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Downtown Motor Inn

 Downtown Inn Shuttered
Springfield Leader-Press
January 11, 1965, page 11

"The Motor Inn Downtown, 421 St. Louis, did not open for guests this morning, reported the proprietor, James W. Crowder.

"Crowder, who moved here from Lampe, Mo., about 20 months ago to take over the former Ozark and Moran Hotel, said his future plans are indefinite. The Hotel’s 17 or 18 permanent guests have moved, he said.

"'They didn’t have much notice,' said Crowder, 'but they were very nice about it. We had no choice. The building was condemned by the state.'

"There was no condemnation by the state, said Victor H. Simon, a spokesman for the Eisenmayer estate which owns the three story brick building. Cause of the closing, said Simon, was a utilities bill reportedly owed by the tenant.

"Closing of the hotel won’t affect ground floor tenants in the building, including a bar, barber shop, dress shop, and an investment firm, Simon said. 'The very fact that these places are open shows the building hasn’t been condemned,' Simon pointed out. There are no immediate prospects for a new tenant for the hotel portion, he said.

"City Utilities Manager Marvin Castleberry said it’s against CU policy to discuss status of any customer’s bill. However, he confirmed that last week a cutoff order had been issued for noon today and that subsequently other arrangements have been made to provide service to other tenants and to continue hotel service until a former owner, Richard Moran, completes the removal of his furnishings later this week.

"'I’m in a vise,' Moran told a reporter today. 'What would your wife do if she were told she had 72 hours to move out all the possessions you had accumulated in five rooms over 20 years?'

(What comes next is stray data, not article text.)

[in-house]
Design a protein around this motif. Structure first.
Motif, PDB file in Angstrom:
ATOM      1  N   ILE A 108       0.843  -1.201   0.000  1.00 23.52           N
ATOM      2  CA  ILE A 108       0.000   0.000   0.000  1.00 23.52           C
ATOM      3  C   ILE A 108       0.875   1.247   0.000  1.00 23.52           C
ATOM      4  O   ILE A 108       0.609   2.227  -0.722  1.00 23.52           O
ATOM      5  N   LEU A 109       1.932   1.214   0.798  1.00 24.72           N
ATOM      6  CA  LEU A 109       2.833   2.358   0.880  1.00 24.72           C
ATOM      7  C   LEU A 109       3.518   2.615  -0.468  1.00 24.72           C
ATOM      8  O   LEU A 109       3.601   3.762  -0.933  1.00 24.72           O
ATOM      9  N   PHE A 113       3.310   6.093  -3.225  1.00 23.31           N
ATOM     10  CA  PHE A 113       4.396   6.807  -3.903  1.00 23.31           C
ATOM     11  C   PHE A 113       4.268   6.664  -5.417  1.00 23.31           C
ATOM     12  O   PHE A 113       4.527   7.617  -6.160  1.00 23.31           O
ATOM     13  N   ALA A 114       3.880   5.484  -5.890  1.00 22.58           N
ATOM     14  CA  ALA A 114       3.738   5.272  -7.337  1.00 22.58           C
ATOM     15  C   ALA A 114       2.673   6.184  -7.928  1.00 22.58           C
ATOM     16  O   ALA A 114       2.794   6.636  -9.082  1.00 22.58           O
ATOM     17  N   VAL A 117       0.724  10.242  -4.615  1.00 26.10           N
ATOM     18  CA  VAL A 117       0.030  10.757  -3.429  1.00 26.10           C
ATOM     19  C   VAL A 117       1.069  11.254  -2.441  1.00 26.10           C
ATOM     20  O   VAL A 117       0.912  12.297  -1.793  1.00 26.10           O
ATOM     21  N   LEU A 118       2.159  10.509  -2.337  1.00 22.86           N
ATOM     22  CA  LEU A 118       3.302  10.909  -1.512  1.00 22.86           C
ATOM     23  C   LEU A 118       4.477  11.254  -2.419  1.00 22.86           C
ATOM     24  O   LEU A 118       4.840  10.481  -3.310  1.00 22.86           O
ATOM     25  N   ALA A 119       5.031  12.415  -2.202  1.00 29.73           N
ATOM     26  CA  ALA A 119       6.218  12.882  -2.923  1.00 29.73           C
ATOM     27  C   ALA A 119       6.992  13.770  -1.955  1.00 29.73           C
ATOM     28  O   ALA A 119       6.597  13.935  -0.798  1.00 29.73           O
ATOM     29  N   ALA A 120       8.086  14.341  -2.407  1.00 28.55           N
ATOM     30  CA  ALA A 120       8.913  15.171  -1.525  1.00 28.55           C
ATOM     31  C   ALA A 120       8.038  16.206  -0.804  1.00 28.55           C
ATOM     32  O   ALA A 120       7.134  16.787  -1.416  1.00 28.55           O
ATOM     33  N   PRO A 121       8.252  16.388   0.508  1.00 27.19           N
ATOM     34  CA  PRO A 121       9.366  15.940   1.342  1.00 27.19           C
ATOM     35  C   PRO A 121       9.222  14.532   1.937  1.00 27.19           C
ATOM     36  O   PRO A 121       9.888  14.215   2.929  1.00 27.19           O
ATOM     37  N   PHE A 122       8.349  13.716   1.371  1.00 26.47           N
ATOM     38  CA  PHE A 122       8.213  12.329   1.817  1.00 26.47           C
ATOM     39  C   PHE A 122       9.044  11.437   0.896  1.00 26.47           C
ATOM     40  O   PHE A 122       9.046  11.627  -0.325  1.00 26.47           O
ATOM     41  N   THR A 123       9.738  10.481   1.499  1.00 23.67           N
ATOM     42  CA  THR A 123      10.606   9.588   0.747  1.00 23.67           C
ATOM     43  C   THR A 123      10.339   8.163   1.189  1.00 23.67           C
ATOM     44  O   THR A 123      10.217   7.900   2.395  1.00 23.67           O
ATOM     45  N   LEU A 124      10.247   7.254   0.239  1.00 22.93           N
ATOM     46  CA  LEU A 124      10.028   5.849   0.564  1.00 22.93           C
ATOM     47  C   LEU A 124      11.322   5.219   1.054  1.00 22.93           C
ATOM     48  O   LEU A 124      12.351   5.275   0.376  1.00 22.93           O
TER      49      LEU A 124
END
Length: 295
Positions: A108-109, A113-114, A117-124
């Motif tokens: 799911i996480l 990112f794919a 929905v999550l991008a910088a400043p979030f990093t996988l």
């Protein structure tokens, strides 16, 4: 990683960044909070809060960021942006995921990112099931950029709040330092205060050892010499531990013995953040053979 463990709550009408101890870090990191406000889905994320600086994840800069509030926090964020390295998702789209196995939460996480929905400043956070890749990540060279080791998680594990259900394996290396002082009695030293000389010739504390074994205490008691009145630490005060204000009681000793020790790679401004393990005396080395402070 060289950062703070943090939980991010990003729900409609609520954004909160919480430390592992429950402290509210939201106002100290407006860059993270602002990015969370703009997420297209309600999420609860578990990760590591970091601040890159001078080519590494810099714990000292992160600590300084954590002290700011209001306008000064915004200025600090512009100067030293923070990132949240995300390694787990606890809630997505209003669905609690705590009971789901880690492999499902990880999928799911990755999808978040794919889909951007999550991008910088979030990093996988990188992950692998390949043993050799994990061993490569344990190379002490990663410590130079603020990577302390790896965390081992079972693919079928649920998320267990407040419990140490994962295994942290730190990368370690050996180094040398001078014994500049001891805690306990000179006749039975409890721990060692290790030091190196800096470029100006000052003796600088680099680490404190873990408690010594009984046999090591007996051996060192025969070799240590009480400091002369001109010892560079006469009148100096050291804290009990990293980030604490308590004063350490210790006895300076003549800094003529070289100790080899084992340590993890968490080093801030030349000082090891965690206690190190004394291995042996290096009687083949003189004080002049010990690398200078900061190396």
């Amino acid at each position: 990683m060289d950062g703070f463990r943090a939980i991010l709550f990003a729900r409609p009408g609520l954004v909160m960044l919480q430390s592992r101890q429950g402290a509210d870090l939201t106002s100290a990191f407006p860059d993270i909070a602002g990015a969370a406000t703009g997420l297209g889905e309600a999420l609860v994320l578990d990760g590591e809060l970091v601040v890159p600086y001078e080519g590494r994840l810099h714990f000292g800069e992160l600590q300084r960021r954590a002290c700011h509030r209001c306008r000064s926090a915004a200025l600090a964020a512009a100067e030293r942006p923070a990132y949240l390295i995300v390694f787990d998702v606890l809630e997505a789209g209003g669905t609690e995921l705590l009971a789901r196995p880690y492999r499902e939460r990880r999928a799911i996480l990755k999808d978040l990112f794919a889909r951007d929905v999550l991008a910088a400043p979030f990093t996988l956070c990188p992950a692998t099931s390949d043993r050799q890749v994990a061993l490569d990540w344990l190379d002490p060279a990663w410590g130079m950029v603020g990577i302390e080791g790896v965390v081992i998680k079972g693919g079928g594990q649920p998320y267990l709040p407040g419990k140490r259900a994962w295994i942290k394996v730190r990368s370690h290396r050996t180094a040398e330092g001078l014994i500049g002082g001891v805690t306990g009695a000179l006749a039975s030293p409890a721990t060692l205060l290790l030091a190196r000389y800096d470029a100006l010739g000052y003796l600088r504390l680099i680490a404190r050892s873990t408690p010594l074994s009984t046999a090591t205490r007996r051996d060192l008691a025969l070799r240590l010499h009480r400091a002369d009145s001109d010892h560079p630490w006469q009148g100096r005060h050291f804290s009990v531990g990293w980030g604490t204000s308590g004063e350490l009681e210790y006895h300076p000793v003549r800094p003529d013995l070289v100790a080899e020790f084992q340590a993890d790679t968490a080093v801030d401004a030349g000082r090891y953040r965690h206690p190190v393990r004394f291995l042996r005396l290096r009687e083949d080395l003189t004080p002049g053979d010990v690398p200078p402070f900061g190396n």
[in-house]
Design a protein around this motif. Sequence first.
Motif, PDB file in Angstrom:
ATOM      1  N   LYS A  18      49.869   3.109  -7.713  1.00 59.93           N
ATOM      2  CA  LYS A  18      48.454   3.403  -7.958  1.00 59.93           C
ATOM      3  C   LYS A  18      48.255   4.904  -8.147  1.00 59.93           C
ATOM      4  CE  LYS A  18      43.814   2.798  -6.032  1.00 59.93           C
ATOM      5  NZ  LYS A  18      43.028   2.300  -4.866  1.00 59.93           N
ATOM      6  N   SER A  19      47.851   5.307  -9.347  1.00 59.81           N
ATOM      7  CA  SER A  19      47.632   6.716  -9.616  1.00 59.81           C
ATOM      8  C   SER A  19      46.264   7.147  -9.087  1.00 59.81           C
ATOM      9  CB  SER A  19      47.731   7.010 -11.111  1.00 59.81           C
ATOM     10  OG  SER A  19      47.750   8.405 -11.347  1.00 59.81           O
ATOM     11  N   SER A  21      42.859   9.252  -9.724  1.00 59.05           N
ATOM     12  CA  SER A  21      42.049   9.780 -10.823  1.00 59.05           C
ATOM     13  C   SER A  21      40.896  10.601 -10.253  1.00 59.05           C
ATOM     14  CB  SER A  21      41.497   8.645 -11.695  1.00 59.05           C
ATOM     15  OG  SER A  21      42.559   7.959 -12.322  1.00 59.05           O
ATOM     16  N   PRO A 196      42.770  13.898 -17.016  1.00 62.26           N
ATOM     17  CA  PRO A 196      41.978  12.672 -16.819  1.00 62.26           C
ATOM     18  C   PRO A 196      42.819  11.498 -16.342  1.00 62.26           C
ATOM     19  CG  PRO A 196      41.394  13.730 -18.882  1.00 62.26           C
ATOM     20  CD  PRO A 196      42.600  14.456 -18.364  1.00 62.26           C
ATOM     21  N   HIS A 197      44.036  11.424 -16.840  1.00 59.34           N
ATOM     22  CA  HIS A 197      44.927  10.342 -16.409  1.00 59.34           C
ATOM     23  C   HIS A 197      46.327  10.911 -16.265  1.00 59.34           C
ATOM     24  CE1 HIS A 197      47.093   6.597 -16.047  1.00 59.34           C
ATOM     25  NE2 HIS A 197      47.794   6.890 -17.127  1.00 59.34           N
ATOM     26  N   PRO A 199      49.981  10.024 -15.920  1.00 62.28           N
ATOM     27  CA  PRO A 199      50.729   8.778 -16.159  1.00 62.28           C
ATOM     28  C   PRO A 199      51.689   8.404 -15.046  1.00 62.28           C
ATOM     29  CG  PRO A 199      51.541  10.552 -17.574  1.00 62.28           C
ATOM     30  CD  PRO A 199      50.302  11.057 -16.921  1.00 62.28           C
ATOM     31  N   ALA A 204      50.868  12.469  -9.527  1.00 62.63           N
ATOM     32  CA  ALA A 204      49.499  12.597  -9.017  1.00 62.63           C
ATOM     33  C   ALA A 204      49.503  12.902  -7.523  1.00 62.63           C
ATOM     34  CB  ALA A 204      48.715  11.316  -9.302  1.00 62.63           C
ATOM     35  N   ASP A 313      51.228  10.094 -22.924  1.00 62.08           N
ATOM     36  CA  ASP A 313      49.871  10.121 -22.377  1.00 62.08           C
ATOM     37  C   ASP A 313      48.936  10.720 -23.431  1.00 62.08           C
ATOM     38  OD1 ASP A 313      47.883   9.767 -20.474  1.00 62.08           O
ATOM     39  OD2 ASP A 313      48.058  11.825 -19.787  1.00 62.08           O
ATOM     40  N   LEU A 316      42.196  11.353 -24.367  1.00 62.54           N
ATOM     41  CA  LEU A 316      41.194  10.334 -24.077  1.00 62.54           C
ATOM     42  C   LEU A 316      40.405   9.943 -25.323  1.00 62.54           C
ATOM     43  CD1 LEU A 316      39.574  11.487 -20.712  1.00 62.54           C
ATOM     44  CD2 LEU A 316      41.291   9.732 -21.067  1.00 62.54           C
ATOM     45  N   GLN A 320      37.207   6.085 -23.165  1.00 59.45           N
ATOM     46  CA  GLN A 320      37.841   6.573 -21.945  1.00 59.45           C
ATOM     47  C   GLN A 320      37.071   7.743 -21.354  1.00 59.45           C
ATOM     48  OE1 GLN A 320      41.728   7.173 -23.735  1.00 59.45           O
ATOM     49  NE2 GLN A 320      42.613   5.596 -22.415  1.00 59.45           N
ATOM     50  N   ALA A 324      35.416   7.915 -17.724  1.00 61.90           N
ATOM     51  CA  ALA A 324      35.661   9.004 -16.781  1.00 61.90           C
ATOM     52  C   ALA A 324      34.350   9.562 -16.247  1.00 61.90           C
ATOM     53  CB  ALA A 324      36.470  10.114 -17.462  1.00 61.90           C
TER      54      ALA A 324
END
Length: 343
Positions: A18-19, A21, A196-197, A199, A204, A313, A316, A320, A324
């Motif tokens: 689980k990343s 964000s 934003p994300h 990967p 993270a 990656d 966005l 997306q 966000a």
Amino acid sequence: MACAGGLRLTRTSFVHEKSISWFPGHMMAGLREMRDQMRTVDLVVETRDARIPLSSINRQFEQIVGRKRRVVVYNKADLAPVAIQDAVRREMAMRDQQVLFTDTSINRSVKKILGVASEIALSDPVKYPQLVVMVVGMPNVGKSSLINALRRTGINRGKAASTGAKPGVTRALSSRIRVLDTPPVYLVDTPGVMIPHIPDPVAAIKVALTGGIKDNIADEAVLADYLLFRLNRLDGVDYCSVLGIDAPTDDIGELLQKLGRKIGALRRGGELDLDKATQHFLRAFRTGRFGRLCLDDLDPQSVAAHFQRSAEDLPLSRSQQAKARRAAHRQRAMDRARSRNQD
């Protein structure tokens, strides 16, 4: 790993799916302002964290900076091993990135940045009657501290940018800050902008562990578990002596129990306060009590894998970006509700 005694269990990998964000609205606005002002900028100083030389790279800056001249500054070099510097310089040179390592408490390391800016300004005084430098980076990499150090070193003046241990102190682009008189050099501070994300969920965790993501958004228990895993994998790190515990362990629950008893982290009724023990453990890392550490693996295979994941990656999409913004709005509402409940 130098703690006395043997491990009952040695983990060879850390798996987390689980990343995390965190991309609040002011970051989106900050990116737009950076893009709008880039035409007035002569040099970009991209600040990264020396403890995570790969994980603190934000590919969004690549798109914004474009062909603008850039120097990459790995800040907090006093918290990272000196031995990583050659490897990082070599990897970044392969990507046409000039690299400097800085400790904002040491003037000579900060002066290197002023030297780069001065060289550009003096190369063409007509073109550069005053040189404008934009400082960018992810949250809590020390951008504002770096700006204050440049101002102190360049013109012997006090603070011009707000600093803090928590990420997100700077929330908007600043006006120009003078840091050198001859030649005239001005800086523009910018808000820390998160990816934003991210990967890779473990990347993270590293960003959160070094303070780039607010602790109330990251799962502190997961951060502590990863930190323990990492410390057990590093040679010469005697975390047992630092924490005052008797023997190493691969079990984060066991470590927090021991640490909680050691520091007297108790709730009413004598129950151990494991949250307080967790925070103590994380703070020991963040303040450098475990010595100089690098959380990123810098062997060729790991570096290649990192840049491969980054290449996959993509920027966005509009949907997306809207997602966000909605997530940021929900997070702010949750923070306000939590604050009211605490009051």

"Earl White, county environ-licensing inspections of hotels, motels, and bottling plants for the State Division of Health, today declined comment on Crowder's statement that state action had prompted the closing.

"Simon recalled today that the building was constructed in 1914 by John T. Woodruff as a fraternal building, with large lodge rooms upstairs. When it was purchased by the late F. X. Heer and A. J. Eisenmayer, about seven years later, it was converted to a hotel, operated as the Ozark Hotel by a Des Moines man named Cooper and his son-in-law, George Holvey. Moran took over the hotel in 1944 and changed its name to the Moran; has lived in a five-room apartment there since. In 1961, it was purchased by J. H. Park, now living in Sikeston, and Perry Ennis, who now has the Travelodge Downtown Motel, 503 St. Louis. They changed the name to the title kept by Crowder, when he took over the hotel."


This hotel was located between Jefferson and Benton Ave. on the North side of St. Louis, according to the Sanborn Fire Insurance Map located at the Library Center. Richard Moran died in 1985 at eighty four years of age.


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